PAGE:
Broken RobotDoesn’t America have laws like FERPA and HIPAA and other privacy legal requirements; absolutely, but are you going to trust the government to protect your records?  Were you affected by the OPM Federal Government data breach (2015), the multiple VA data breaches since the loss of 26.5 million unencrypted veterans records (2006), or been a victim of the DMV selling your personal data?  I guarantee you have been affected either as a primary, secondary, or tertiary victim of a data hack.  Yet, the FISA courts and the “Patriot Act” were explicitly invented to destroy individual and family privacy as unconstitutional actions by a legally elected government.

Reality check, what does the government hold as records?

The stolen VA data has included the names, Social Security numbers, dates of births, and disability ratings for 26.5 million veterans and spouses, on an unencrypted laptop hard drive.  Since this first data breach in 2006, the VA has regularly lost additional private medical records, emergency contact information, children records, and other data.  I have regularly received a letter from the VA that my data was included in a data breach.  I have written about how the VA brags that the flow of data from the VA into nefarious hands slowed a tenth of a percentage point and is to be applauded.  Not ended, not stopped, slowed a tenth of a percentage point, as if that was progress.

Angry Grizzly BearIf you believe the hype, the VA congratulates themselves for not losing any financial data, like account numbers, credit card numbers, and bank information.  Except if you lose someone’s full legal name, date of birth, Social Security number, that person WILL take a financial hit!  My identity has been stolen, cost me almost $5k in bank fees, overdraft fees, and other charges.  The day after I closed my bank account in Phoenix, AZ., a person with my identity walked into the bank branch in Janesville, WI., presenting a check for cash for $500.00.  I had spent from January to July complaining that my data had been hacked; the Janesville bank branch did not even bother to call the police.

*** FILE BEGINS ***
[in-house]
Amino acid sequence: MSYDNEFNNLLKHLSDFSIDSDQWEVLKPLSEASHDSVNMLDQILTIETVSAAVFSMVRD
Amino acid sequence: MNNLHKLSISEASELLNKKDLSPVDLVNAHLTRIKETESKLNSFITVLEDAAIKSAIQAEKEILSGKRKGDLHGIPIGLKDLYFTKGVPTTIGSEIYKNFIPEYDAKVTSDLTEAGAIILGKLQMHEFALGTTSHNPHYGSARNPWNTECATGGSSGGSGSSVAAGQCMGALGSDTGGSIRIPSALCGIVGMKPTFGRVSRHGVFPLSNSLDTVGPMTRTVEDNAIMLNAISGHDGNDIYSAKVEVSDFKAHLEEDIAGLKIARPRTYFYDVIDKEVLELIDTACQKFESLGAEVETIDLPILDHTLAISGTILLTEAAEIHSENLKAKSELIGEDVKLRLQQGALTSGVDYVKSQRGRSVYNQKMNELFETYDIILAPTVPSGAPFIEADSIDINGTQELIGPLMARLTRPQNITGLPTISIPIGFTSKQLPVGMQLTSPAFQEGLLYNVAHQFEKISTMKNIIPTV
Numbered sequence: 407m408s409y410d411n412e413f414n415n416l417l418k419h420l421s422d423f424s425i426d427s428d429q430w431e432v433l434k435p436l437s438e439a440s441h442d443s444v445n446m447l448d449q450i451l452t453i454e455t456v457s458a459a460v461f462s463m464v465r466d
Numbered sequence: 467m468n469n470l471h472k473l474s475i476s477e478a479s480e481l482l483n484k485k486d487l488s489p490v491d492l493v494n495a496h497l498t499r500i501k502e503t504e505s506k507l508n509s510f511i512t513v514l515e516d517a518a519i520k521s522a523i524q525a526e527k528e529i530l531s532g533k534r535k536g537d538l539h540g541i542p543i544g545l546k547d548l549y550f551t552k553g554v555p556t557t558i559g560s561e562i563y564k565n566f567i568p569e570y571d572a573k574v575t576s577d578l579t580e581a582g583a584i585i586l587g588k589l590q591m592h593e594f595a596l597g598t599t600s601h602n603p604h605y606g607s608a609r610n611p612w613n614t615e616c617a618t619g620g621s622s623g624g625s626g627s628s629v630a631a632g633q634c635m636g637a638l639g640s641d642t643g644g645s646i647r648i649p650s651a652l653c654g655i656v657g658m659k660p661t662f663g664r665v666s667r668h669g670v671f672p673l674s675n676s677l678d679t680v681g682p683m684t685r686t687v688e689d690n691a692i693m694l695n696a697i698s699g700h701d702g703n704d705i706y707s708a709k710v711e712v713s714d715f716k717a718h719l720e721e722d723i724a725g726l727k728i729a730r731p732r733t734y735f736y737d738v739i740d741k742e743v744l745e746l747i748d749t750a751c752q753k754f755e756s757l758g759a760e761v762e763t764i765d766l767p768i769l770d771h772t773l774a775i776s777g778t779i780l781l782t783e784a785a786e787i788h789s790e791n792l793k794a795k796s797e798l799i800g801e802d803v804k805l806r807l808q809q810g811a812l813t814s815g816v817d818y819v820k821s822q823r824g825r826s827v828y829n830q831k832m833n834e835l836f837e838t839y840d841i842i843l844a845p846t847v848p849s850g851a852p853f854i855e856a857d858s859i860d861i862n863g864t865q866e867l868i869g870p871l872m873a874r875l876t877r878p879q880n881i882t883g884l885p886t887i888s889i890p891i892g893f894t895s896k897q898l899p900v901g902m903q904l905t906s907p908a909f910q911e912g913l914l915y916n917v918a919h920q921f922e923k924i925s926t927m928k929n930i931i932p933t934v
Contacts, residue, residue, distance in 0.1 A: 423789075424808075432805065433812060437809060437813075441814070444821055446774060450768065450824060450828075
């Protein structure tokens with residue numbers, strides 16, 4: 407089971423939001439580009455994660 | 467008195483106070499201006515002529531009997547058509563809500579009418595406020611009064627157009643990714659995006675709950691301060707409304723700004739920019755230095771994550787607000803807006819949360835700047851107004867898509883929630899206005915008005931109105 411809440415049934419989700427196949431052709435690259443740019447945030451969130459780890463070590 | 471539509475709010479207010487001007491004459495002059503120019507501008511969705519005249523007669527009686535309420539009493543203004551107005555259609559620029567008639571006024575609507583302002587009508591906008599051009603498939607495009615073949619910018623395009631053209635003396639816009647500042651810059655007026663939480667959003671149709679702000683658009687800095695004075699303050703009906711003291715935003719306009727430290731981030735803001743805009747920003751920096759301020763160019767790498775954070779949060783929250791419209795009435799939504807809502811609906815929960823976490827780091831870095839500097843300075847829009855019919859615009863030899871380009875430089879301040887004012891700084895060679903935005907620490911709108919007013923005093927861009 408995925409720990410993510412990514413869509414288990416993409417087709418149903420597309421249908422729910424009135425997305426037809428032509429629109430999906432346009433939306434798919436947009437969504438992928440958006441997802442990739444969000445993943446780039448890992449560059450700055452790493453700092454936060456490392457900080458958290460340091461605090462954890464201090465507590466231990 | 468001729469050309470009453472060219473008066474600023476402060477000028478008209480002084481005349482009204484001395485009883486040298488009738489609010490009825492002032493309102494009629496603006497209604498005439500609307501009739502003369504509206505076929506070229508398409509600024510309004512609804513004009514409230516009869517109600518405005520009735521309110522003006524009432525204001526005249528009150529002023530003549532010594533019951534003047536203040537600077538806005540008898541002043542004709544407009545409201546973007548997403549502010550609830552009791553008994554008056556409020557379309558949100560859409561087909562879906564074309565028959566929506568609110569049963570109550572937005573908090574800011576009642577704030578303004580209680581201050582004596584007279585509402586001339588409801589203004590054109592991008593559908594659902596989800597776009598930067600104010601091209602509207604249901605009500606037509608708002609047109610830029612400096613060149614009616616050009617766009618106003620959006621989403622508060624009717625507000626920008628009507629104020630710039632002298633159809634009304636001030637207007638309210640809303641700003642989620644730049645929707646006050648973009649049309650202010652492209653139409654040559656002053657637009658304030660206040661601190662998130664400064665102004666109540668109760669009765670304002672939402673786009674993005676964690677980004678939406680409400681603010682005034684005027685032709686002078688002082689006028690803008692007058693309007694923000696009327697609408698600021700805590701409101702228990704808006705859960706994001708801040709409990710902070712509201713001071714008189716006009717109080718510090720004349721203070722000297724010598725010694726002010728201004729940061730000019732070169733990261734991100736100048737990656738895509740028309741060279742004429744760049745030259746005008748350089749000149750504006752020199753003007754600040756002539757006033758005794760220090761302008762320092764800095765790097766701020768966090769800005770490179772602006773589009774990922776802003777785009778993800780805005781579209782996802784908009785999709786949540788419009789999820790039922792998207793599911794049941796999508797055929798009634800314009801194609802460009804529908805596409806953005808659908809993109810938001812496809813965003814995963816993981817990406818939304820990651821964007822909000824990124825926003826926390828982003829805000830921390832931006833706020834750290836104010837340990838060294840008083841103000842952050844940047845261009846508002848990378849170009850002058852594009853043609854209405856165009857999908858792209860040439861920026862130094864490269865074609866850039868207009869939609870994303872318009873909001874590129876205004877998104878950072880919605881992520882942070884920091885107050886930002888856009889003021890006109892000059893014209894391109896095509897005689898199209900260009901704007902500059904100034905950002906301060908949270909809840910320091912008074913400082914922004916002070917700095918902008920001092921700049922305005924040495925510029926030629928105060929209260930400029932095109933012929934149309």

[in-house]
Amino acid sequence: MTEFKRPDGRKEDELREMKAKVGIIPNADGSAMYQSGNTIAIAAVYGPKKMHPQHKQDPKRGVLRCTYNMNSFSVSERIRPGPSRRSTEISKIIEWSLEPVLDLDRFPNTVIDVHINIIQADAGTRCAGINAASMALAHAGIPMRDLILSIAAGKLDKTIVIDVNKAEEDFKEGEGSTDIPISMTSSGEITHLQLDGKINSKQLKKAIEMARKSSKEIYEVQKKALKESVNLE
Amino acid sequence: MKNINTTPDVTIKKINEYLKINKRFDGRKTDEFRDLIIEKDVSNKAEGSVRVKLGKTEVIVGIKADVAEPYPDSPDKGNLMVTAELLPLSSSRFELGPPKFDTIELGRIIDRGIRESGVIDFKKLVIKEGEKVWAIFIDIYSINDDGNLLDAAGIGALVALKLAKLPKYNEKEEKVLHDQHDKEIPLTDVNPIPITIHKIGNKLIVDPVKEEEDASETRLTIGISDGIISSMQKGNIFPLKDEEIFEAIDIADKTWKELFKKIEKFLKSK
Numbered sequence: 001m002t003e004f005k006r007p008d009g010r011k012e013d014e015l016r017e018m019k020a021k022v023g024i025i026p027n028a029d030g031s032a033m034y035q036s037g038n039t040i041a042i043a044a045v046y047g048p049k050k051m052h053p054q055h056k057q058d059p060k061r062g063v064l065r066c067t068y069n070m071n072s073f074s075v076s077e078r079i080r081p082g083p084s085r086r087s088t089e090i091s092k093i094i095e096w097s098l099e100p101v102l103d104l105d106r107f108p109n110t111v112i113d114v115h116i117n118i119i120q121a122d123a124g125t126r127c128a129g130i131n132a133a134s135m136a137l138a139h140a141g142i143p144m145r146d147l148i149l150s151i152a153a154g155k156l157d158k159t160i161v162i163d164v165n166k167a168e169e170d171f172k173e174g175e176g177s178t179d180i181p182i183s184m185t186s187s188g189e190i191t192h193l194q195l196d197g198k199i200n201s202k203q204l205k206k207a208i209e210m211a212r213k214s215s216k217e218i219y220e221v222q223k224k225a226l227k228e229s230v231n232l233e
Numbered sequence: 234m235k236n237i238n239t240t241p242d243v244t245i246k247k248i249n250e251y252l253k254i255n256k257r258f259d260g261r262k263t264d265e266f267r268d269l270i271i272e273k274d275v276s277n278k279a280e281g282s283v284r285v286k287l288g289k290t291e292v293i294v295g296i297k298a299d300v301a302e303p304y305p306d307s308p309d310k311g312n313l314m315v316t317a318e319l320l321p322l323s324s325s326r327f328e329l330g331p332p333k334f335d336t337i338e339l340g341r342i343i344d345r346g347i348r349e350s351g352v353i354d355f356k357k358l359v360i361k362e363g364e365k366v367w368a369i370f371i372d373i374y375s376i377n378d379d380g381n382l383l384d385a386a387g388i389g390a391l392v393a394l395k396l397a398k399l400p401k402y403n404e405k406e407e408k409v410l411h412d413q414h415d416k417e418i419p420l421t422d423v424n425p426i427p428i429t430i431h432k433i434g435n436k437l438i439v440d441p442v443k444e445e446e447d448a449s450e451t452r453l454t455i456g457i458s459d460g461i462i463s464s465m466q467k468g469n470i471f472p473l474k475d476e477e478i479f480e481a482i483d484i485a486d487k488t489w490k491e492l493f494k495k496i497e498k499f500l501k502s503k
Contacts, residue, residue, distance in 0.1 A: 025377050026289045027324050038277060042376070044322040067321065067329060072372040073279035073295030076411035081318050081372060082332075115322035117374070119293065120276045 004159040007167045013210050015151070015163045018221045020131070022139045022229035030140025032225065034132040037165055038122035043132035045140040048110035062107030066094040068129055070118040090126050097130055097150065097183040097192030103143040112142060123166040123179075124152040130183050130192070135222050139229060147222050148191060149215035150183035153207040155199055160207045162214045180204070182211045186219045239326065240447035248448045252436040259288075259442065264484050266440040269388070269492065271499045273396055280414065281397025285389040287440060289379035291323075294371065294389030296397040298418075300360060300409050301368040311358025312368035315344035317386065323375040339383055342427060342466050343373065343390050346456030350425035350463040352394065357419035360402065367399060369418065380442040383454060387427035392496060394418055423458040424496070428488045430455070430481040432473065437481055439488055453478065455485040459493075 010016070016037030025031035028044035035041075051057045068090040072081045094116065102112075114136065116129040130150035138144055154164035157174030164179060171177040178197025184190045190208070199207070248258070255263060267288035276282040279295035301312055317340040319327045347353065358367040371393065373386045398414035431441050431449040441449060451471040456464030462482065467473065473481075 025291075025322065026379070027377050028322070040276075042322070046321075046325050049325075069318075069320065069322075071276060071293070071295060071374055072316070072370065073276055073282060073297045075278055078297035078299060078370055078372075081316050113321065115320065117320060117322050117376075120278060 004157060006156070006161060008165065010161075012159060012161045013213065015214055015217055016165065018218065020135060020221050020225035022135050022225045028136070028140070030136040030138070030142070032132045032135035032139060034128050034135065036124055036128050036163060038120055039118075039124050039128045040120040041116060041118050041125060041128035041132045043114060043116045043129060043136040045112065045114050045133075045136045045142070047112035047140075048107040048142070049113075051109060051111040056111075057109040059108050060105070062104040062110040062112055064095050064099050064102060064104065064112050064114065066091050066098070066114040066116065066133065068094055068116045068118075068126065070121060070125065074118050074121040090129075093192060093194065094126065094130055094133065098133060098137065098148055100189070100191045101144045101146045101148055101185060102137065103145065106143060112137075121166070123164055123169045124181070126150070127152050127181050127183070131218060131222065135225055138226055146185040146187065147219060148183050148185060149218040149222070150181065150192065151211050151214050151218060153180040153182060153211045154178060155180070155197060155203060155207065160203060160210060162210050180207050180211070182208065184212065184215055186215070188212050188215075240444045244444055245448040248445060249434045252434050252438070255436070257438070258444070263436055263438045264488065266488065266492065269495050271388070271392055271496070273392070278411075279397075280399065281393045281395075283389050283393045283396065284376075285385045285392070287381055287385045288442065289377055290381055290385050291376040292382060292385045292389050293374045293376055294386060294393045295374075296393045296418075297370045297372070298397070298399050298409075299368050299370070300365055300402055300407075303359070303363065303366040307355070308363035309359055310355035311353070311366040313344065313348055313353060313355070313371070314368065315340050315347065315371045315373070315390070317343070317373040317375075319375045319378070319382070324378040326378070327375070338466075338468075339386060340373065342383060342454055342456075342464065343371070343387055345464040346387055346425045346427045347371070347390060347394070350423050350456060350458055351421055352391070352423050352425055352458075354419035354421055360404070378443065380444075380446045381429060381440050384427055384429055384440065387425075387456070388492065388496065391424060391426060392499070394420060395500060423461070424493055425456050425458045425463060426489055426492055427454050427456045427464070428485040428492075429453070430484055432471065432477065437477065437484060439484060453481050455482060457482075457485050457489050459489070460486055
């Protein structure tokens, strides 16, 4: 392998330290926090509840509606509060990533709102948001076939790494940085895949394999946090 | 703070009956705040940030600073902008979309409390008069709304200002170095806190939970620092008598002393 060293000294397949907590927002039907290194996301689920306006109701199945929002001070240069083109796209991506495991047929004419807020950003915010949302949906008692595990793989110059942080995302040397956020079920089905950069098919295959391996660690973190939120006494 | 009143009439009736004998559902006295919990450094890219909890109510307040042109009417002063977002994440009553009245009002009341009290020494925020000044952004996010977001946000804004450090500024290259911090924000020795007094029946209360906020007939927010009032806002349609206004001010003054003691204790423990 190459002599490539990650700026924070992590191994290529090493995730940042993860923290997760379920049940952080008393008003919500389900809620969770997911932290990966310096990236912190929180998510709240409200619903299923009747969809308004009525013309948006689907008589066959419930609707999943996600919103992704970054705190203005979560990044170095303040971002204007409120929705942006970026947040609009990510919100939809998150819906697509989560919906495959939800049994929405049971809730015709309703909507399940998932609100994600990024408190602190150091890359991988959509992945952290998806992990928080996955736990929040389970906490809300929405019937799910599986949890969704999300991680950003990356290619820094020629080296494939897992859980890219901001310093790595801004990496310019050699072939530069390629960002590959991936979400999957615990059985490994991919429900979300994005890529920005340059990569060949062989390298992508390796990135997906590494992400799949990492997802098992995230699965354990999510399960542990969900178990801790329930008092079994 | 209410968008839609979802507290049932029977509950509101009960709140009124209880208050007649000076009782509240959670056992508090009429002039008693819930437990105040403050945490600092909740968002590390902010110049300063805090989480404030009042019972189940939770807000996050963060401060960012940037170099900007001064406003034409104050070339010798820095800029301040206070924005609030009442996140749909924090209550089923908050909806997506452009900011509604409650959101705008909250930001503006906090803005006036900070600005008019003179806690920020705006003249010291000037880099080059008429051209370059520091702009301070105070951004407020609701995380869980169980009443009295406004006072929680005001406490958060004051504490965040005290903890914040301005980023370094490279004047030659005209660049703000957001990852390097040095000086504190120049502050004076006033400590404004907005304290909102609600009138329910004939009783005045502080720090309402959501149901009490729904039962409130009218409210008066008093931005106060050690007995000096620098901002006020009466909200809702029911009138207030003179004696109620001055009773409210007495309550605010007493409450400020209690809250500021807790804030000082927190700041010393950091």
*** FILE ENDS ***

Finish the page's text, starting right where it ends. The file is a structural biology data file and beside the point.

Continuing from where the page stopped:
The Office of Personnel Management data breach, June 2015 (you want to click that link) is as egregious a loss as humanly possible for several reasons:

      1. Nobody knows how long the tap was leaking data. If you believe the media, the tap was only open for a few short months.  If you believe the industry investigators, the tap had been in place for years.
      2. The data lost included everything on an SF-86 form for background checks and security clearances. My first SF-86 was completed over five days with a military recruiter.  It included all my brothers and sister private data, the names and addresses of friends and close associates, and extended family members.  My Navy SF-86 was longer as I had previously held security clearances, and a deeper check was ordered.
      3. Have you ever applied for a security clearance or applied for employment with the Federal Government? Do you have relatives or friends who work for the Federal Government?  Guess what; you are either a secondary or tertiary victim of the OPM Data Hack, and nobody has been held accountable, nor has a full accounting of the problem ever been made known to the public.

Dont Tread On MeHence, the next time you hear about the government “working hard to protect your privacy,” ask them about those data centers in Utah’s desert that hold private data for the government alphabet agencies.  Ask about the OPM and VA data hacks.  Better still, ask about the IRS data hack in the spring of 2015.  While the IRS claims “only 104,000 taxpayers were involved, the reality is much higher, and politicians play games with the truth.  Eventually, the game of political hot-potato will end, and that will indeed be a great and dreadful day!

© 2021 M. Dave Salisbury
All Rights Reserved
The images used herein were obtained in the public domain; this author holds no copyright to the images displayed.

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msalis1

Dual service military veteran. Possess an MBA in Global Management and a Masters degree in Adult Education and Training. Pursuing a PhD in Industrial and Organizational Psychology. Business professional with depth of experience in logistics, supply chain management, and call centers.